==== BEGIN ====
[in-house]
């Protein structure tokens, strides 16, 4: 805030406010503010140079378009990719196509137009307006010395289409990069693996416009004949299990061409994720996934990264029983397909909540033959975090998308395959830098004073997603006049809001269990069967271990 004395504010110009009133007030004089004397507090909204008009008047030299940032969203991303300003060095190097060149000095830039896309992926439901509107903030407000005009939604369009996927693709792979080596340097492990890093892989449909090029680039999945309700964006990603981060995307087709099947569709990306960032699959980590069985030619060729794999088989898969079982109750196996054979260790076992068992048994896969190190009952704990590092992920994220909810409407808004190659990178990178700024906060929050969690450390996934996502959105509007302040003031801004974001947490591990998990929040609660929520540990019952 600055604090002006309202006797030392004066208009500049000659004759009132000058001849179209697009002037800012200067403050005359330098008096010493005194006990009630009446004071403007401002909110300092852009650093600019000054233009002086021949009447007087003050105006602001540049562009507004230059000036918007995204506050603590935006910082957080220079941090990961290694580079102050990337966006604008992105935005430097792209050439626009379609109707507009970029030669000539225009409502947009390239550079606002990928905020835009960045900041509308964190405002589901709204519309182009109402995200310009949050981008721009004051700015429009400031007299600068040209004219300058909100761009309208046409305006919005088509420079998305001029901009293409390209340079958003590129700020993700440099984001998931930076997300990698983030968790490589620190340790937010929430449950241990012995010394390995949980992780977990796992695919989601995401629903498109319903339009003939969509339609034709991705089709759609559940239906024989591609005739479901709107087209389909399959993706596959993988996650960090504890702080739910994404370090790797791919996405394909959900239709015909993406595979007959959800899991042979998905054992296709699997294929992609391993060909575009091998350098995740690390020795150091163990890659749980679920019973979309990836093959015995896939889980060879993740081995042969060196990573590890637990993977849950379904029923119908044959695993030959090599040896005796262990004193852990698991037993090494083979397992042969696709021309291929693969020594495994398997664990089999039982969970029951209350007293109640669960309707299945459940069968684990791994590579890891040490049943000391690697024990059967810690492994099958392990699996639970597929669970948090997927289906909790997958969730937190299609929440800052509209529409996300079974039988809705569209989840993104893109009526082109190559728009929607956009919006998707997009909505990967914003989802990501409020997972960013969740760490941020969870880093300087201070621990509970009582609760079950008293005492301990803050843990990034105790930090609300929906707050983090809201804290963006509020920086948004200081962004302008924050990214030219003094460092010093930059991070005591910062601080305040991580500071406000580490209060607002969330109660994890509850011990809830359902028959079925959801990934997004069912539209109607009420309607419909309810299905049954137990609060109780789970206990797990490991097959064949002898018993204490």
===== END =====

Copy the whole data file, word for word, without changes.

[in-house]
């Protein structure tokens, strides 16, 4: 805030406010503010140079378009990719196509137009307006010395289409990069693996416009004949299990061409994720996934990264029983397909909540033959975090998308395959830098004073997603006049809001269990069967271990 004395504010110009009133007030004089004397507090909204008009008047030299940032969203991303300003060095190097060149000095830039896309992926439901509107903030407000005009939604369009996927693709792979080596340097492990890093892989449909090029680039999945309700964006990603981060995307087709099947569709990306960032699959980590069985030619060729794999088989898969079982109750196996054979260790076992068992048994896969190190009952704990590092992920994220909810409407808004190659990178990178700024906060929050969690450390996934996502959105509007302040003031801004974001947490591990998990929040609660929520540990019952 600055604090002006309202006797030392004066208009500049000659004759009132000058001849179209697009002037800012200067403050005359330098008096010493005194006990009630009446004071403007401002909110300092852009650093600019000054233009002086021949009447007087003050105006602001540049562009507004230059000036918007995204506050603590935006910082957080220079941090990961290694580079102050990337966006604008992105935005430097792209050439626009379609109707507009970029030669000539225009409502947009390239550079606002990928905020835009960045900041509308964190405002589901709204519309182009109402995200310009949050981008721009004051700015429009400031007299600068040209004219300058909100761009309208046409305006919005088509420079998305001029901009293409390209340079958003590129700020993700440099984001998931930076997300990698983030968790490589620190340790937010929430449950241990012995010394390995949980992780977990796992695919989601995401629903498109319903339009003939969509339609034709991705089709759609559940239906024989591609005739479901709107087209389909399959993706596959993988996650960090504890702080739910994404370090790797791919996405394909959900239709015909993406595979007959959800899991042979998905054992296709699997294929992609391993060909575009091998350098995740690390020795150091163990890659749980679920019973979309990836093959015995896939889980060879993740081995042969060196990573590890637990993977849950379904029923119908044959695993030959090599040896005796262990004193852990698991037993090494083979397992042969696709021309291929693969020594495994398997664990089999039982969970029951209350007293109640669960309707299945459940069968684990791994590579890891040490049943000391690697024990059967810690492994099958392990699996639970597929669970948090997927289906909790997958969730937190299609929440800052509209529409996300079974039988809705569209989840993104893109009526082109190559728009929607956009919006998707997009909505990967914003989802990501409020997972960013969740760490941020969870880093300087201070621990509970009582609760079950008293005492301990803050843990990034105790930090609300929906707050983090809201804290963006509020920086948004200081962004302008924050990214030219003094460092010093930059991070005591910062601080305040991580500071406000580490209060607002969330109660994890509850011990809830359902028959079925959801990934997004069912539209109607009420309607419909309810299905049954137990609060109780789970206990797990490991097959064949002898018993204490």